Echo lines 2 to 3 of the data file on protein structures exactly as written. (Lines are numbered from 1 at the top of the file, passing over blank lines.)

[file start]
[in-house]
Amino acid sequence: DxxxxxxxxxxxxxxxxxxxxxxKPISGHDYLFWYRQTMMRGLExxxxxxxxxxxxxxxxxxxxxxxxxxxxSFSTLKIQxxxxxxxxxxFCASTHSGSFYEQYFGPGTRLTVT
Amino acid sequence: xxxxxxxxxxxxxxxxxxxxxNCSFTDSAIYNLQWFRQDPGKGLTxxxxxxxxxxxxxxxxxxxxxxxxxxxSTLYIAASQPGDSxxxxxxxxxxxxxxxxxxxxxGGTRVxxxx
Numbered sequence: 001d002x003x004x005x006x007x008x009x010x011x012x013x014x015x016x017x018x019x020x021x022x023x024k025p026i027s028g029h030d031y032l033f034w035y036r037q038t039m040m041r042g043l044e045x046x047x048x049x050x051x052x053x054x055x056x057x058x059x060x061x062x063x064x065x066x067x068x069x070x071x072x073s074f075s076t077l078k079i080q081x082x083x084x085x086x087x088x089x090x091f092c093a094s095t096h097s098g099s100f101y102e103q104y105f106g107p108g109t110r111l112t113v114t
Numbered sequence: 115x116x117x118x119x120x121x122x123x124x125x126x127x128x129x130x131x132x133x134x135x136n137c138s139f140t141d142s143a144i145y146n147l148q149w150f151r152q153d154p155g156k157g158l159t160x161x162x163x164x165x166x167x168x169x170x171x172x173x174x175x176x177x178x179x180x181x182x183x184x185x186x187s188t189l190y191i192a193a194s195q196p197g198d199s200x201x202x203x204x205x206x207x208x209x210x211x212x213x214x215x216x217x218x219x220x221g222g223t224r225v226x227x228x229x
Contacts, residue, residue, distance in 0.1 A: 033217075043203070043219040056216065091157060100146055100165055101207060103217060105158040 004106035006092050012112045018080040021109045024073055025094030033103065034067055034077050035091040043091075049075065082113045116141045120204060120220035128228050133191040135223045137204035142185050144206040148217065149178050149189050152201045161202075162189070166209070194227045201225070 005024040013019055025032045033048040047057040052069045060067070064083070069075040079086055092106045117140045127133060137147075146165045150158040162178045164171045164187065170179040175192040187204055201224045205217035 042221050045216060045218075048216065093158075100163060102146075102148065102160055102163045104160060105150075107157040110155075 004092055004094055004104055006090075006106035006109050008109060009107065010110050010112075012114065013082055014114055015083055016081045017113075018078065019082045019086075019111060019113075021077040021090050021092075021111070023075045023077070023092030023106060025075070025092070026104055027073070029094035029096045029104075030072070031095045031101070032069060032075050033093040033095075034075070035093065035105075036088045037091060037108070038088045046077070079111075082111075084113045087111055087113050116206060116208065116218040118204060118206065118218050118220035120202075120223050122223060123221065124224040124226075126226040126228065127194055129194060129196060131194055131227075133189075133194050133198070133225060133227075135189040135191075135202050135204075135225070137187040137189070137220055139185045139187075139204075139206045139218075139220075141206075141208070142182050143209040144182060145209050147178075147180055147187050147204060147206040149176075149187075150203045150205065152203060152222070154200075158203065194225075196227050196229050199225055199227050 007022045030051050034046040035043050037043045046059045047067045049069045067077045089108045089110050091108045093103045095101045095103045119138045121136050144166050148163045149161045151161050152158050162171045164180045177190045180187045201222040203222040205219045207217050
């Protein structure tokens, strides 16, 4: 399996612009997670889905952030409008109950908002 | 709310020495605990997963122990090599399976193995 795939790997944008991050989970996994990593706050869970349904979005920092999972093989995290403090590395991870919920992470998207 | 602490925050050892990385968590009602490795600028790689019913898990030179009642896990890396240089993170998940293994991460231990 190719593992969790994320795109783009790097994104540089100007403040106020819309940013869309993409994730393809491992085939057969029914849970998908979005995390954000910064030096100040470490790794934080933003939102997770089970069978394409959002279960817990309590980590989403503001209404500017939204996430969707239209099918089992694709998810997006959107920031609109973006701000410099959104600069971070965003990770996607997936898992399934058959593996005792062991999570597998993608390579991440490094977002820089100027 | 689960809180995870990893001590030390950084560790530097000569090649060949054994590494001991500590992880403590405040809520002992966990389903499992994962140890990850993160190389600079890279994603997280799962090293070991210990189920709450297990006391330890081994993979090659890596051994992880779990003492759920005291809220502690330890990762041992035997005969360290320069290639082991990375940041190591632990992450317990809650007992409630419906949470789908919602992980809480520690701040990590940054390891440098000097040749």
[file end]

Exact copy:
Amino acid sequence: DxxxxxxxxxxxxxxxxxxxxxxKPISGHDYLFWYRQTMMRGLExxxxxxxxxxxxxxxxxxxxxxxxxxxxSFSTLKIQxxxxxxxxxxFCASTHSGSFYEQYFGPGTRLTVT
Amino acid sequence: xxxxxxxxxxxxxxxxxxxxxNCSFTDSAIYNLQWFRQDPGKGLTxxxxxxxxxxxxxxxxxxxxxxxxxxxSTLYIAASQPGDSxxxxxxxxxxxxxxxxxxxxxGGTRVxxxx